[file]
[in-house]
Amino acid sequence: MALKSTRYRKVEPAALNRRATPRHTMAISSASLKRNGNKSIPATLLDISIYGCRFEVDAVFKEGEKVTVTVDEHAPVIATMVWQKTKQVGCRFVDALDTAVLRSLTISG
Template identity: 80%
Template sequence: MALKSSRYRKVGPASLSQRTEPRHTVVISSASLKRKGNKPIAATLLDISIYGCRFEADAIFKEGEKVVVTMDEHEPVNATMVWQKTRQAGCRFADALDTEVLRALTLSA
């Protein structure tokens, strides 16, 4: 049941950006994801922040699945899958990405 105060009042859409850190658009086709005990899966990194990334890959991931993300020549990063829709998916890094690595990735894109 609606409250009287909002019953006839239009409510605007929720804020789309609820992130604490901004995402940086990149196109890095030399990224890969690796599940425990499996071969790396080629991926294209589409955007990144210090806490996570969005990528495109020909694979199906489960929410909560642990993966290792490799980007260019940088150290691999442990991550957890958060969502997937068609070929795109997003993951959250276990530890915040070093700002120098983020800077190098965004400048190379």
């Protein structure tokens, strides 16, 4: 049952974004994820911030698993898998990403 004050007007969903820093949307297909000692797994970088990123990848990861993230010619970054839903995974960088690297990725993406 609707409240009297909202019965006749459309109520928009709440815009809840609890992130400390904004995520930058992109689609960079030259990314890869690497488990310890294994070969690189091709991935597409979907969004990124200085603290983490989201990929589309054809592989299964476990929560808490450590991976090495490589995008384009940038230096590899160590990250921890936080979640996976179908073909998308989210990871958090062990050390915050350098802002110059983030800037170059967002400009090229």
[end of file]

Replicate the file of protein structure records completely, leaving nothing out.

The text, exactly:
[in-house]
Amino acid sequence: MALKSTRYRKVEPAALNRRATPRHTMAISSASLKRNGNKSIPATLLDISIYGCRFEVDAVFKEGEKVTVTVDEHAPVIATMVWQKTKQVGCRFVDALDTAVLRSLTISG
Template identity: 80%
Template sequence: MALKSSRYRKVGPASLSQRTEPRHTVVISSASLKRKGNKPIAATLLDISIYGCRFEADAIFKEGEKVVVTMDEHEPVNATMVWQKTRQAGCRFADALDTEVLRALTLSA
């Protein structure tokens, strides 16, 4: 049941950006994801922040699945899958990405 105060009042859409850190658009086709005990899966990194990334890959991931993300020549990063829709998916890094690595990735894109 609606409250009287909002019953006839239009409510605007929720804020789309609820992130604490901004995402940086990149196109890095030399990224890969690796599940425990499996071969790396080629991926294209589409955007990144210090806490996570969005990528495109020909694979199906489960929410909560642990993966290792490799980007260019940088150290691999442990991550957890958060969502997937068609070929795109997003993951959250276990530890915040070093700002120098983020800077190098965004400048190379």
């Protein structure tokens, strides 16, 4: 049952974004994820911030698993898998990403 004050007007969903820093949307297909000692797994970088990123990848990861993230010619970054839903995974960088690297990725993406 609707409240009297909202019965006749459309109520928009709440815009809840609890992130400390904004995520930058992109689609960079030259990314890869690497488990310890294994070969690189091709991935597409979907969004990124200085603290983490989201990929589309054809592989299964476990929560808490450590991976090495490589995008384009940038230096590899160590990250921890936080979640996976179908073909998308989210990871958090062990050390915050350098802002110059983030800037170059967002400009090229």